Another insight was as revealing of my ignorance. “I grew up in a family of women,” said Jackie Zondo, a powerful woman leader. “A strong mother with girls. I felt confident. I was on top of the world, believing in myself. Growing up in the township, we ran the gauntlet of boys. We were manhandled, hurt and they would laugh — ‘we are teaching you to be a woman’. I went to school. It was the same. Daily. I learnt to use my fists. I was on my own. I dared not tell my parents because they would be threatened. I felt a deep anger. It persisted. In my marriage. In my job,” said Jackie.

It’s very hard for me to trust men. Even ones who say they are kind and enlightened. It’s not just about equality. We want respect. I was a senior executive in the corporate male world. When we had an executive meeting I always felt that decisions were made elsewhere – in some other place, in some locker room. Not in the meeting we were having. When I challenged positions, eyes would roll. You could feel the shrug of the shoulders shouting loudly – she is so feisty, angry, pushy or bitchy. My anger grew and ate away at my soul.”

We men have to learn to listen, with empathy. We have to respect sacred spaces where women can tell their stories. Just listen. Feel. Understand. Not to drown out the voices of our Mothers, Wives, Sisters and Daughters. Just shut up and change.

A third story we heard was that of my daughter, Shanti. She is 22. She has grown up in a home where we have always positively affirmed her womanhood. And shared values that gave her the confidence that she was equal to any other person. She grew up without the fear and anger that generations of women had to endure. It showed in her story, “I feel a bit guilty, listening to the stories of you, the older women. I was fortunate. I learnt from my parents to believe in myself. But I also learnt to defend myself. I know how to deal with men who show me disrespect. I know that every girl growing up should have the same right. But the majority don’t. And that is all our fight. Until men and women are equal and we destroy patriarchy, we will never have peace in the world.”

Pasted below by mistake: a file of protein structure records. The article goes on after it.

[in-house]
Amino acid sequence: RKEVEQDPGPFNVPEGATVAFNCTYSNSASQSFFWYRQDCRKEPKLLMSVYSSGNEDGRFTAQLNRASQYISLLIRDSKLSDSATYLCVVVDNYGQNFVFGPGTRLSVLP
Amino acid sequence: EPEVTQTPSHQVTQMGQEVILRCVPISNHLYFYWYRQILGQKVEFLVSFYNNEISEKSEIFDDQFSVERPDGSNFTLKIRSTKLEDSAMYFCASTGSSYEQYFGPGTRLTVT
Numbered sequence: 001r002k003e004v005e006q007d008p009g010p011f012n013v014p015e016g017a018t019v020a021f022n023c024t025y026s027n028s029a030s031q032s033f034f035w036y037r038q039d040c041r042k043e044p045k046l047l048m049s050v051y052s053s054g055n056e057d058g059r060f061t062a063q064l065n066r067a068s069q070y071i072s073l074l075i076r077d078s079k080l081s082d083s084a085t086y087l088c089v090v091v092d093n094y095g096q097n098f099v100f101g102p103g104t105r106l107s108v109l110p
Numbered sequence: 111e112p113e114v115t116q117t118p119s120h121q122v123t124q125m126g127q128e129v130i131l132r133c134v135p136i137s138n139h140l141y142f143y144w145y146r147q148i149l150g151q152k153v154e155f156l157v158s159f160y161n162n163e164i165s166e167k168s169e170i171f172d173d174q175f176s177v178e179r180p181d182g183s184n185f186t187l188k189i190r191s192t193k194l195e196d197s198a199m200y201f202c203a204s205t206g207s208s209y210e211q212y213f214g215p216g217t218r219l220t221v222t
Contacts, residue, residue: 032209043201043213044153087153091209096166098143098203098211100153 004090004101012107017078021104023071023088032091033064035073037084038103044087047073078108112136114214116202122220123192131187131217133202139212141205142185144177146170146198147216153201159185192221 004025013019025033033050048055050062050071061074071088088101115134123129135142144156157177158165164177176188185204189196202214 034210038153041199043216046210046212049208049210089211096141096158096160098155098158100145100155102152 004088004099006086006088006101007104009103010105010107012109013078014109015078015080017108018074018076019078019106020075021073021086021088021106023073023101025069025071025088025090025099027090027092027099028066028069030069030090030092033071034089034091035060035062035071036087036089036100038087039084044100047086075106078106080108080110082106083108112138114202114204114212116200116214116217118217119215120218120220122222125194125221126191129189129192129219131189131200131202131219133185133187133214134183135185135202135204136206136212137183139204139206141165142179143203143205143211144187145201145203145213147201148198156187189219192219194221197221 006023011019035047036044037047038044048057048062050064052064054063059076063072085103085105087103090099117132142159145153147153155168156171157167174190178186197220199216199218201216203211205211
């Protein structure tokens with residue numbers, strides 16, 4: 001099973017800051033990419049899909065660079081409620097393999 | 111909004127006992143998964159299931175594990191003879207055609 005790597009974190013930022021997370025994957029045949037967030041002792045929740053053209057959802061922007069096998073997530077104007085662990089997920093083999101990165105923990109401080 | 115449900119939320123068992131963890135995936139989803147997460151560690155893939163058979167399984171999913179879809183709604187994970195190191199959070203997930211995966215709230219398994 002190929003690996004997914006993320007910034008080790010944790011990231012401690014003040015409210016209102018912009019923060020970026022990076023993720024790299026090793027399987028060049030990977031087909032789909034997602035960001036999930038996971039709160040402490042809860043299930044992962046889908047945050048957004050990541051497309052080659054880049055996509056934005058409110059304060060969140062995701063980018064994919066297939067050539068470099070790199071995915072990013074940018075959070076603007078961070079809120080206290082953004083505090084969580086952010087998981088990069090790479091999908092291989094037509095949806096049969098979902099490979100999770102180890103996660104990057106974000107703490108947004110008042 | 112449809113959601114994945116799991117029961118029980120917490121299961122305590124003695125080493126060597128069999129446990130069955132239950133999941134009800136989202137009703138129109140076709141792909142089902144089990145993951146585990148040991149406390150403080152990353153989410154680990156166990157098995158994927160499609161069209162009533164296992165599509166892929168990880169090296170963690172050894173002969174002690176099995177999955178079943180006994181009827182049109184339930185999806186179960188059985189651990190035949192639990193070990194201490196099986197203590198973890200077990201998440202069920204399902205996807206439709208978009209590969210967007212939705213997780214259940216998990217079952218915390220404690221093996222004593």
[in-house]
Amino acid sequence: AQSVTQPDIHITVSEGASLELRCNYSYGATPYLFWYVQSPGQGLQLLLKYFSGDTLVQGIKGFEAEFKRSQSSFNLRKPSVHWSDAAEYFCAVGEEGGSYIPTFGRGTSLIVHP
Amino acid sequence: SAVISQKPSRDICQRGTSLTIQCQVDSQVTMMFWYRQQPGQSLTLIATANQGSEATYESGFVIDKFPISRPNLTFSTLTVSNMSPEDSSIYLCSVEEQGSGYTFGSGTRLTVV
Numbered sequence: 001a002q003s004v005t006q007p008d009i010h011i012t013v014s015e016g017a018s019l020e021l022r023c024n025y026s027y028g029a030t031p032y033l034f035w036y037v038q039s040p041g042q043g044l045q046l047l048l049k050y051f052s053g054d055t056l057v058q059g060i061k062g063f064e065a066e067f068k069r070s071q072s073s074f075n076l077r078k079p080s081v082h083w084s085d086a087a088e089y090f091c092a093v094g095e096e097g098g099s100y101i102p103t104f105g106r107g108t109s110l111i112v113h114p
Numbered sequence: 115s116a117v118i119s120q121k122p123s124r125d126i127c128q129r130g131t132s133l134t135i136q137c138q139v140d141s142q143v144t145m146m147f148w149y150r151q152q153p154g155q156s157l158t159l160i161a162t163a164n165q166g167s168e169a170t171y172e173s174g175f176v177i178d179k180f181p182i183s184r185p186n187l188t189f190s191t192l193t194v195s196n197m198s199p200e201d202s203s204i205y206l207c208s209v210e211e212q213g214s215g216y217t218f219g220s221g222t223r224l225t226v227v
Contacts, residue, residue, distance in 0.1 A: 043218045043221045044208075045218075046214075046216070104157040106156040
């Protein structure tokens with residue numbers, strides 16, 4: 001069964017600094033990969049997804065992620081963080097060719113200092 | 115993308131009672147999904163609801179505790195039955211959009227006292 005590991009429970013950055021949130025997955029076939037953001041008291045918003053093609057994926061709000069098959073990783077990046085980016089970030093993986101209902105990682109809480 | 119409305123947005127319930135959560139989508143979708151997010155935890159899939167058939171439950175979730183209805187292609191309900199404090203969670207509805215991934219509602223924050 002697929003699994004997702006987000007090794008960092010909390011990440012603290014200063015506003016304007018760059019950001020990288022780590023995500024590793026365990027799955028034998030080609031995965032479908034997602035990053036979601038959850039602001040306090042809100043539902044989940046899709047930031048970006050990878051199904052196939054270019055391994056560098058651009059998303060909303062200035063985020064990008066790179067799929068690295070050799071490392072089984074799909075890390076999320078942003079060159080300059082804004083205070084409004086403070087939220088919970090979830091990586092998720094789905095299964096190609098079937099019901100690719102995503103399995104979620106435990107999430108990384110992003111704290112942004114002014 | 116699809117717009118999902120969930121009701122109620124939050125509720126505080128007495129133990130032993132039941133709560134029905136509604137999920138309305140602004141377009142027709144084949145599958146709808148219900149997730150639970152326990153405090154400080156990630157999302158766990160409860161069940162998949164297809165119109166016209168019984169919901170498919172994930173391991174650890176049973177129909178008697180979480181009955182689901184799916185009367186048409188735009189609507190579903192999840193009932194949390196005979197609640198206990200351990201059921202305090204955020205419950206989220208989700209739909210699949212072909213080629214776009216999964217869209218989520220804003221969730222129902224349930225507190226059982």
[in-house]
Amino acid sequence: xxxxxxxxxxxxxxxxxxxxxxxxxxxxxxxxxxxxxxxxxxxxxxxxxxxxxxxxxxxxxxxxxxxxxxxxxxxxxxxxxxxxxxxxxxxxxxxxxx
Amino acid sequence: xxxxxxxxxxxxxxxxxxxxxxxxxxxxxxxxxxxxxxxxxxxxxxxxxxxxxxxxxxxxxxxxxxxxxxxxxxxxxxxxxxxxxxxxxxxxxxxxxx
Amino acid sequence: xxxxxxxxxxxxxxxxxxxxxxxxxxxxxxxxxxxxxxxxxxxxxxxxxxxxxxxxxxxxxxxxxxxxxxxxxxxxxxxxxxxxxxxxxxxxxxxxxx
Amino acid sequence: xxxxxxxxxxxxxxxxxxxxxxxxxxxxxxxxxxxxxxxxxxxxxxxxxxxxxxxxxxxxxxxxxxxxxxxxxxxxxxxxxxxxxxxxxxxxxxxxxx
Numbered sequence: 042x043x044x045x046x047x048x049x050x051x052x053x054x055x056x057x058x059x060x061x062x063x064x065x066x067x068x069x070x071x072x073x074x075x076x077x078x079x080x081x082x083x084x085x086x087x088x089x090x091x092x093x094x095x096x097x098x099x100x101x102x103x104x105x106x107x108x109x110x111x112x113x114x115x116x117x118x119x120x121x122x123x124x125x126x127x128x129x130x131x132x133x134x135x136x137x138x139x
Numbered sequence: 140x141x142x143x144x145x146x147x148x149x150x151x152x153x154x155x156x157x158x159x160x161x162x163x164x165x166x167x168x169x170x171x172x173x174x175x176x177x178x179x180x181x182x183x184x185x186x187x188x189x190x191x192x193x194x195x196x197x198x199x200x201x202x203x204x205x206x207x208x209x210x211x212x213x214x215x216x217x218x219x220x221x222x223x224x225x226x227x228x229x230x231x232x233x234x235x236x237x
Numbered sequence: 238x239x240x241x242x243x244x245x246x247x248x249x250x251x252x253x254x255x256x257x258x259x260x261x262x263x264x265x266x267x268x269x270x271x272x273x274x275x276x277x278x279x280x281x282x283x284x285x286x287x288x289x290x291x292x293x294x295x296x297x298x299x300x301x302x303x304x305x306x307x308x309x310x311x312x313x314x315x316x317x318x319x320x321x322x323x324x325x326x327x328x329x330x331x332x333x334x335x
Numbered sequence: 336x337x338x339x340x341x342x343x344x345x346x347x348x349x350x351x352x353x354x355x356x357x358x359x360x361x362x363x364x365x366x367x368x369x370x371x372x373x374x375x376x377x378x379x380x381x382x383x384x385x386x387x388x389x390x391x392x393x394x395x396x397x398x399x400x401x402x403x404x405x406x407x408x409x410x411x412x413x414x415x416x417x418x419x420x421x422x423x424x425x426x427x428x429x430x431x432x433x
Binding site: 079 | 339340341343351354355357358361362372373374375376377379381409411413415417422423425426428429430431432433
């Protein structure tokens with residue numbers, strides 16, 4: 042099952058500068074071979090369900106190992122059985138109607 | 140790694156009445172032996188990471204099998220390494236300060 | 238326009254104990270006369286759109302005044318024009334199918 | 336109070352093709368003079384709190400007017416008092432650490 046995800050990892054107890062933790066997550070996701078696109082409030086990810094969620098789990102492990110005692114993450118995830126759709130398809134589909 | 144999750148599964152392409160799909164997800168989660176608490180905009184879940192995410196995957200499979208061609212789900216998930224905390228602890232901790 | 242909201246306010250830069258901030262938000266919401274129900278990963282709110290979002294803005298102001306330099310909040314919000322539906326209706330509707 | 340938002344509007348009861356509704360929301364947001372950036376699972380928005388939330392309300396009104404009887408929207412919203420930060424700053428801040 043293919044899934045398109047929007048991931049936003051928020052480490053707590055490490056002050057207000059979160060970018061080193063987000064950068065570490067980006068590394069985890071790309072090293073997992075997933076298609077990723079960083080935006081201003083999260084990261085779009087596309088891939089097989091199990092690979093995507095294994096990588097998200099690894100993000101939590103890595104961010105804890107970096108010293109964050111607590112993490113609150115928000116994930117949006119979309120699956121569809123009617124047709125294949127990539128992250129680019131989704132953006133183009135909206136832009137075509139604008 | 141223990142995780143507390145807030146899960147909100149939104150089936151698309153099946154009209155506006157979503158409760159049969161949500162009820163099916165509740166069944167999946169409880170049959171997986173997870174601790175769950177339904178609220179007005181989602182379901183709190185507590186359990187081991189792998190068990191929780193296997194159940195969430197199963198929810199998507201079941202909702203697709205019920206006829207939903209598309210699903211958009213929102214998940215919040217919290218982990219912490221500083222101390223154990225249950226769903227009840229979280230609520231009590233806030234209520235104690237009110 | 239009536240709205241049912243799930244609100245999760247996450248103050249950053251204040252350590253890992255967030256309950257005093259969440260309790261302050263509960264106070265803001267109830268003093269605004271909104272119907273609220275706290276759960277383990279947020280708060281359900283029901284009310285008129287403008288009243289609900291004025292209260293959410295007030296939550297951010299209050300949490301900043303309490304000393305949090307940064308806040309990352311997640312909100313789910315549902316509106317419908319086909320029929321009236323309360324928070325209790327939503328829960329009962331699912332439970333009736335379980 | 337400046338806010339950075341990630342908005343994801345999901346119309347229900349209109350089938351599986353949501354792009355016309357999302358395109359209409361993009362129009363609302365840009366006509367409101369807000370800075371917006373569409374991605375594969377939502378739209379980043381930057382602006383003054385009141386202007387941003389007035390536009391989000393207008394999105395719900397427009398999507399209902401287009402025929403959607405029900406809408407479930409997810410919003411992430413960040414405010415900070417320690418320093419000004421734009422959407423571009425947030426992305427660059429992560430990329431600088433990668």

Every man should imbibe these lessons. Every man should sit down with their female co-workers, friends, family, and ask them: what is your story? What hardship did you go through in life because of your gender?

Rajeshree Gandhi, a blogger from India, uses a very interesting term that fits into this conversation: mansplaining. “It is a reaction to women’s presence in spaces traditionally dominated by men and their articulation of their own experiences. Information, trivia, anecdotes are used by mansplainers to cancel out women’s knowledge and opinions on various subjects. It is a complete dismissal of a woman’s concerns through silence, smug looks, sniggers and no-no nods.”

I have seen this time and again. I am sure that I have been guilty of this also. I do not know what it means to be a woman. I do know that our world needs desperately a rebalancing of the energy within ourselves – the yin and the yang – and between men and women. One thing us men need to ask ourselves is: what is the feminine energy inside us and how do we express it? With pride and pleasure or with guilt and shame?

As the founding father of our democracy, Nelson Mandela determinedly expounded, “The cause of women’s emancipation is part of our national struggle against outdated practices and prejudice. It is a struggle that demands equal effort from both men and women alike.” DM